The United Nations Commission on Sustainable Development has published a report by iCET (and me as the lead author!), entitled “ELECTRIC VEHICLES IN THE CONTEXT OF SUSTAINABLE DEVELOPMENT IN CHINA.“Â This paper, which will serve as background information for the 19th Session of the Commission on Sustainable Development in New York, 2-13 May 2011, highlights some of the environmental opportunities and risks of developing electric vehicle systems in China.
This report provides a comprehensive and systematic analytical overview of Chinaâ€™s automotive electric-drive technology development and electric mobility promotion policies and programmes, and recent trends and projections in technology development and electricity use in private and public motor vehicles are analysed. Significant findings of the report include:
- China’s financial support for electric vehicle development, while significant, is lagging behind other nations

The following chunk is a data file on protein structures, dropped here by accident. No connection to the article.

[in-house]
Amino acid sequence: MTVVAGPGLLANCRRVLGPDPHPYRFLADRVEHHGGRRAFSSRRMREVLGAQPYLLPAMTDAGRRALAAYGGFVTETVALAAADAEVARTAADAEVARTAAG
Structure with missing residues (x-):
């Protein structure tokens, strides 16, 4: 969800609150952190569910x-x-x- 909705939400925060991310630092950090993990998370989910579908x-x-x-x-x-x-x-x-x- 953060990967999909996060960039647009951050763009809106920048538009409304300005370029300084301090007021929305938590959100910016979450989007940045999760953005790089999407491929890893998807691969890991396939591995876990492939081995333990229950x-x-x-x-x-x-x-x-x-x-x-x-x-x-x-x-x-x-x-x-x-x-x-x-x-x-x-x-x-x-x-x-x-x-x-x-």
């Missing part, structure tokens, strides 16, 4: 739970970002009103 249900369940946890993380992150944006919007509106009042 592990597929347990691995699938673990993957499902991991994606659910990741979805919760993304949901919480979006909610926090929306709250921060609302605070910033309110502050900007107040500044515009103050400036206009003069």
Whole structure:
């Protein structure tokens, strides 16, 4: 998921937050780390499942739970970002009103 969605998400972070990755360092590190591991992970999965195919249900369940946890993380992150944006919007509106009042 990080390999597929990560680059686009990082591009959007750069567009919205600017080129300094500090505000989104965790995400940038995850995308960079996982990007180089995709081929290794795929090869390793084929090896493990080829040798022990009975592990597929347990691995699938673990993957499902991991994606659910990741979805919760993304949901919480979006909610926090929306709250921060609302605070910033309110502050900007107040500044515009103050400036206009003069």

- Although high-speed, high-tech vehicles are on the policy agenda, low-speed, low-cost electric vehicles are selling well across China
- China will require the development of new lithium resources, or import of lithium, in order to complete its mid-term targets for electric vehicle implementation
- Accounting for energy losses and GHG emissions from resource extraction, power production, transmission and distribution of power, charger and battery efficiency, lifecycle analysis indicates that electric vehicle use will result in GHG emission reductions in Southern China as well as in the Central China region, while resulting in possible GHG emission increases in cities such as Beijing, Tianjin, Tangshan, Dalian, Shenyang and other northern places
The paper concludes that China should not overemphasize the benefits of electric vehicles in regions where they are not environmentally appropriate, and continue to follow its policy of transport energy diversification depending on local circumstances.Â Given the potential of electric vehicles to provide stable storage to the grid, the grid should be optimized to provide renewable energies to electric vehicles, and for electric vehicles to provide power back to the grid during peak times.Â Plug-in hybrid technology should be utilized to maximise the benefits of both ICE and battery drive systems, and finally, fuel economy and GHG emission standards should be expanded to include electric vehicles.
The report is available at the United Nations website at: